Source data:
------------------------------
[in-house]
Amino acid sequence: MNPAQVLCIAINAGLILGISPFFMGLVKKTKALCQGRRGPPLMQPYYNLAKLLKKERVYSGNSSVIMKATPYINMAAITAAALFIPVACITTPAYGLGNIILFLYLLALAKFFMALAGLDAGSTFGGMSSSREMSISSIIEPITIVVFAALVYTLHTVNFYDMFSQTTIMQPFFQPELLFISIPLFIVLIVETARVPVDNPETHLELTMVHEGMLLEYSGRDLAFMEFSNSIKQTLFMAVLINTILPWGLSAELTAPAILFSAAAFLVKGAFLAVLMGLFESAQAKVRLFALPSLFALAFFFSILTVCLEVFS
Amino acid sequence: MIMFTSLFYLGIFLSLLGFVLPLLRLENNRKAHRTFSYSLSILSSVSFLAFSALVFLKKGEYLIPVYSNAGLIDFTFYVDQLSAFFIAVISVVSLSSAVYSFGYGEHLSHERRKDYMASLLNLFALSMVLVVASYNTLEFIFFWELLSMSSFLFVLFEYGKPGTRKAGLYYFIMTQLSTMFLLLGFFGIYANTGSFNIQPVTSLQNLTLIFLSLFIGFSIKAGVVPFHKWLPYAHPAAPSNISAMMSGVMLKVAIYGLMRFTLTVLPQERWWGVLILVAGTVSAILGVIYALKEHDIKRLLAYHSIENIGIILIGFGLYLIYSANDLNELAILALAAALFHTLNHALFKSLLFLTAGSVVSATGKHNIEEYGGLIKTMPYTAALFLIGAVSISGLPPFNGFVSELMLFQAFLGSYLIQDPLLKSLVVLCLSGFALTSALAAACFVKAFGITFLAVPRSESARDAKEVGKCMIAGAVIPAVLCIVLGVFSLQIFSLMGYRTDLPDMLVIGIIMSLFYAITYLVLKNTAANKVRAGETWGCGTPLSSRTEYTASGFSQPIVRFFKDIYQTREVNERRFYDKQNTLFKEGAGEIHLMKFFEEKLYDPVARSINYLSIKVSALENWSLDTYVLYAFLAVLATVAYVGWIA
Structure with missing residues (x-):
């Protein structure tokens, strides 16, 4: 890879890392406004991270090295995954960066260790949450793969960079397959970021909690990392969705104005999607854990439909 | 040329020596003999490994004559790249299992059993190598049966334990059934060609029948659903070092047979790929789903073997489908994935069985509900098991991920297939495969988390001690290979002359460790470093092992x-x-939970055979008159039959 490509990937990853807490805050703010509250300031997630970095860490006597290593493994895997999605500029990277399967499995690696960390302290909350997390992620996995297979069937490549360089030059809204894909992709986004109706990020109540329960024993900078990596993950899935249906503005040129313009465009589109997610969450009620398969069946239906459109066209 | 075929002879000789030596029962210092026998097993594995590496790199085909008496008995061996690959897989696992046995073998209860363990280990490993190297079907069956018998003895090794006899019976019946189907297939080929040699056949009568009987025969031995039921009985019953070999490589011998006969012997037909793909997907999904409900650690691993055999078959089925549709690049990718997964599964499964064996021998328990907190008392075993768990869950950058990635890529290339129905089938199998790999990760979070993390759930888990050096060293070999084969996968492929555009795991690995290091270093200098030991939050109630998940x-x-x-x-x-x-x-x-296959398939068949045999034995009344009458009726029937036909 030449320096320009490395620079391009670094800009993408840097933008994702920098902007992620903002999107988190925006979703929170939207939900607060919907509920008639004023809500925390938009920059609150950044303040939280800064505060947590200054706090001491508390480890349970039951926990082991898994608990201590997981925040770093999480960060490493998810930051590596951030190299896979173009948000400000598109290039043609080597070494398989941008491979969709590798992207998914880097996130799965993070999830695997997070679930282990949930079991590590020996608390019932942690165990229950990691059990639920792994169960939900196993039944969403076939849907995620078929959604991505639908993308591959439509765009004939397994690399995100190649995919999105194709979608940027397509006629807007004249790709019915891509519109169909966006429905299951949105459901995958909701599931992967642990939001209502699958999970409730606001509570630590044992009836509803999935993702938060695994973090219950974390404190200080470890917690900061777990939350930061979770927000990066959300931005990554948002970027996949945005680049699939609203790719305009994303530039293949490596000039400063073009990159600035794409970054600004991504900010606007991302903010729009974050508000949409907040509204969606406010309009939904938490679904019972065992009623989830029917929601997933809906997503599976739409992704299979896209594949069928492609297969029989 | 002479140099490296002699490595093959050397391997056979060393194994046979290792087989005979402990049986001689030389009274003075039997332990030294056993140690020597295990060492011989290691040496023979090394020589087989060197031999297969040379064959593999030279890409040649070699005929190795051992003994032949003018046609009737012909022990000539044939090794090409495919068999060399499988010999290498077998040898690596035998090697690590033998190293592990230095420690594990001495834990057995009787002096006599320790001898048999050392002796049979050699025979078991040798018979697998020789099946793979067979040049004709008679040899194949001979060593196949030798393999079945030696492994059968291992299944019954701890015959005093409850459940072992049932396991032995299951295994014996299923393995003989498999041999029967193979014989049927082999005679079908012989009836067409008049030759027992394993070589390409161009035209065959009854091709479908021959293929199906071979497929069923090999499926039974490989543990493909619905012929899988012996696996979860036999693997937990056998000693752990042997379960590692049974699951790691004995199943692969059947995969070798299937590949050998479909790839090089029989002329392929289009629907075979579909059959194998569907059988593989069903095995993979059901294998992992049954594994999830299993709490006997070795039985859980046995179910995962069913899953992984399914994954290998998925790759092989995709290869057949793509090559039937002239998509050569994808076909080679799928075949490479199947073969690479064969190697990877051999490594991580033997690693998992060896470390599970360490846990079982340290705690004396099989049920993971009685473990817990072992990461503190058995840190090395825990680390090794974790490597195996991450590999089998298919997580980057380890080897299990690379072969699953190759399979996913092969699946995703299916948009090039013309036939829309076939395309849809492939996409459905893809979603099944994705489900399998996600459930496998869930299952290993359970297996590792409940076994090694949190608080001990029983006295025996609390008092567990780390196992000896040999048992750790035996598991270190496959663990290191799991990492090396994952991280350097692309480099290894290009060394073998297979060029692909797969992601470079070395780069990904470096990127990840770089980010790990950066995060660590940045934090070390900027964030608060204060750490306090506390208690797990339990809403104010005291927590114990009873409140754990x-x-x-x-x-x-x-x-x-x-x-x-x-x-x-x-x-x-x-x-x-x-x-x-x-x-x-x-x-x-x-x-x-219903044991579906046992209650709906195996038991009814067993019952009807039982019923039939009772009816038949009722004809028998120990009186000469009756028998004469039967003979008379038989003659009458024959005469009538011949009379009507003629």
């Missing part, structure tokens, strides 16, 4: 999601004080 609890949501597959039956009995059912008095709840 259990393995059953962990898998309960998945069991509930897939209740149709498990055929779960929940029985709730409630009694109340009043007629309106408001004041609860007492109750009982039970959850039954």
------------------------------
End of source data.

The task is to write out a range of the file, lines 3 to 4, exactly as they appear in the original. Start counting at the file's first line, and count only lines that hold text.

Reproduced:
Amino acid sequence: MIMFTSLFYLGIFLSLLGFVLPLLRLENNRKAHRTFSYSLSILSSVSFLAFSALVFLKKGEYLIPVYSNAGLIDFTFYVDQLSAFFIAVISVVSLSSAVYSFGYGEHLSHERRKDYMASLLNLFALSMVLVVASYNTLEFIFFWELLSMSSFLFVLFEYGKPGTRKAGLYYFIMTQLSTMFLLLGFFGIYANTGSFNIQPVTSLQNLTLIFLSLFIGFSIKAGVVPFHKWLPYAHPAAPSNISAMMSGVMLKVAIYGLMRFTLTVLPQERWWGVLILVAGTVSAILGVIYALKEHDIKRLLAYHSIENIGIILIGFGLYLIYSANDLNELAILALAAALFHTLNHALFKSLLFLTAGSVVSATGKHNIEEYGGLIKTMPYTAALFLIGAVSISGLPPFNGFVSELMLFQAFLGSYLIQDPLLKSLVVLCLSGFALTSALAAACFVKAFGITFLAVPRSESARDAKEVGKCMIAGAVIPAVLCIVLGVFSLQIFSLMGYRTDLPDMLVIGIIMSLFYAITYLVLKNTAANKVRAGETWGCGTPLSSRTEYTASGFSQPIVRFFKDIYQTREVNERRFYDKQNTLFKEGAGEIHLMKFFEEKLYDPVARSINYLSIKVSALENWSLDTYVLYAFLAVLATVAYVGWIA
Structure with missing residues (x-):